Regardless, because adaptation and evolution are essential to any business’ survival, change must occur.
Now, you may get lucky and find you have a few people within your organization who are actually excited about and support business improvements you might be planning. Most likely, though, you’ll find yourself stuck with the overwhelming task of trying to get the majority of your staff on board with the changes ahead — changes that will affect their duties, workflows … potentially even their titles and paychecks.
So, how do you do it? How do you get staff buy-in on your business improvement plans?
1) Get staff involved with the decision-making surrounding the process and communicate transparently about it every step of the way. No surprise here, but people tend to cooperate more when they’re included in discussions and decisions. Even if they disagree with the ultimate decision or direction taken, being included does count for something.
To that end, make sure you’re engaging your staff in the change process from beginning to end, constantly communicating with them in an honest fashion. Honor the old way so that employees don’t feel everything they’ve done for the organization has been for naught, but also explain why changes are necessary and detail the benefits of the new way of doing things.
And train, train, train. It’s always easier for people to perform tasks they feel they’re actually capable of accomplishing. If the improvements you’re proposing include new tools and procedures employees have never engaged before, give them the training they need to succeed so they’re less likely to want to fall back on the old ways. And when a few stand out as particularly successful with the new methods, be willing to tap into those talents, designating one or two employees as leaders that can help guide the others along.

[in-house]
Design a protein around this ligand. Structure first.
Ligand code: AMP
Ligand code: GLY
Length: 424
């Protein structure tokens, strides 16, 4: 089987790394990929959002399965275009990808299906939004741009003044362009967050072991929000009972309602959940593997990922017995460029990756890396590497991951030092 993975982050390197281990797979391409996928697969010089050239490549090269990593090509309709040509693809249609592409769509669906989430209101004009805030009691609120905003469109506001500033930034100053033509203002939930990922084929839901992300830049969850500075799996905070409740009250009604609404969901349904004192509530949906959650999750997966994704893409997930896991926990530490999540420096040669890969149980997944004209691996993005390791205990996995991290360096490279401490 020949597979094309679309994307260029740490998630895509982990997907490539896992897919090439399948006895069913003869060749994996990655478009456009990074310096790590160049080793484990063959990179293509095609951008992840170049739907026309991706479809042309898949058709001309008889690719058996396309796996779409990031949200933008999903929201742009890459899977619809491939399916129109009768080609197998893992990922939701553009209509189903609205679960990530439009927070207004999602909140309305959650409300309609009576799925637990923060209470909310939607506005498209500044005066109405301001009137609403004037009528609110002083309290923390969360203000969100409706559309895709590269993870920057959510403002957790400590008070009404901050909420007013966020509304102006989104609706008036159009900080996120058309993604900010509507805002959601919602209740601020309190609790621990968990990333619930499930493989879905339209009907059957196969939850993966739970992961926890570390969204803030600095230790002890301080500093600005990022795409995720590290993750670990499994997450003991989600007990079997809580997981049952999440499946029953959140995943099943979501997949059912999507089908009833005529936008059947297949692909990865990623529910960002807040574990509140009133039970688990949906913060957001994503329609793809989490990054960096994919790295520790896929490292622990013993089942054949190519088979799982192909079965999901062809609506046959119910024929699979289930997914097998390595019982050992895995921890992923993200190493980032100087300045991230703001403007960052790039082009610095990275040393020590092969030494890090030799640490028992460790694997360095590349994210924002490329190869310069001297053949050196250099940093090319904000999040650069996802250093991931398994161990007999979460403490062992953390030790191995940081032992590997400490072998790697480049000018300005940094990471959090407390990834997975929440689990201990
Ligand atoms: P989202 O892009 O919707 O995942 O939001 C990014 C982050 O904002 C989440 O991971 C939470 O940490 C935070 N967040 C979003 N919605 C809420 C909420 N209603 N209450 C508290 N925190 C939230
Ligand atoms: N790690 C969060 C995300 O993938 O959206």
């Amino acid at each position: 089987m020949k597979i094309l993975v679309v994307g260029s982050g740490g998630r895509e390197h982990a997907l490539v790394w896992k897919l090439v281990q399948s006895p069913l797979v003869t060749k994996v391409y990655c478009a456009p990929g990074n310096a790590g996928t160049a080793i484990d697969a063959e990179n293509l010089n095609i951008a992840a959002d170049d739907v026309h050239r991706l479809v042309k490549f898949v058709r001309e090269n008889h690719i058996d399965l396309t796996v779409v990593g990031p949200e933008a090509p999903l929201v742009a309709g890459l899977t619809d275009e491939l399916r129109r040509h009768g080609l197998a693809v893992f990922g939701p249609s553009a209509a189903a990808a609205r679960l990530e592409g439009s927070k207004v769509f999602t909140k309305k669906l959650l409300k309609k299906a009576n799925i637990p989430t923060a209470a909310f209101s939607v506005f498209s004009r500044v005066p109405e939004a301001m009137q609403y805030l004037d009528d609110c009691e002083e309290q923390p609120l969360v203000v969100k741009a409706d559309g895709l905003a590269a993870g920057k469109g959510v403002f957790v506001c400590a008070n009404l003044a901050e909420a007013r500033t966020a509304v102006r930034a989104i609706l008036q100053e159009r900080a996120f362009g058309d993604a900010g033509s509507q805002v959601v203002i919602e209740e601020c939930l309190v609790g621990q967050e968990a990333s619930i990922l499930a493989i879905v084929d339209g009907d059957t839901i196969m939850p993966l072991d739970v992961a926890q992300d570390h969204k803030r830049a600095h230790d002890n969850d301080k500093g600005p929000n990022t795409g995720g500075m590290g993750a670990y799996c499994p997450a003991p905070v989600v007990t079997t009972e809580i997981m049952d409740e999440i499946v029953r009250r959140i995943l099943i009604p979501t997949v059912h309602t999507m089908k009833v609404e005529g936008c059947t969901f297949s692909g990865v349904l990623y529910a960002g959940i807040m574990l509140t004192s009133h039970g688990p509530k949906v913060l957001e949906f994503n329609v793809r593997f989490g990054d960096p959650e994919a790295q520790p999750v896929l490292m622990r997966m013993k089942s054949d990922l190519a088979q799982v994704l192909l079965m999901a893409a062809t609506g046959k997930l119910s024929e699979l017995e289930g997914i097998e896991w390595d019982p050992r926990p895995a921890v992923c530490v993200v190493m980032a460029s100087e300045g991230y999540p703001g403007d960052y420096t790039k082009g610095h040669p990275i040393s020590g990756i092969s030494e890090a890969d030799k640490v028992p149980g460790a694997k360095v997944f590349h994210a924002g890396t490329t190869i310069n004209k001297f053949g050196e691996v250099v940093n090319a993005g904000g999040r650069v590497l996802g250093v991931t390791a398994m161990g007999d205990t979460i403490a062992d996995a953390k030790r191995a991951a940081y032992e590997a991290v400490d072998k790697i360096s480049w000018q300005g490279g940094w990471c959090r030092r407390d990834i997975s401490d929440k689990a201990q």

3) Give employees a stake in the process and outcome. Coming back to communication, acknowledge and hold people accountable for the good and bad that happen along the way — including individual attitudes. Address any employee resistance before it becomes mutiny and reward those staff members who make the change as smooth as possible.
This doesn’t mean shutting down conversations that constructively point out flaws and propose solutions; employees may see something you don’t, so it’s important that they be able to have a forum in which to give honest feedback so you can improve your new processes as necessary. And those who provide such valuable feedback should be rewarded. Being willing to share the risks as well as the returns associated with the venture will inspire your employees to care more about their organization’s welfare.
Don’t let the fact that there are only three main steps here fool you; the task of converting people to “the change side” is far more easier said that done. Nevertheless, these tips should help you gain some ground with your staff and ultimately lead you — and them — prosper under the new model.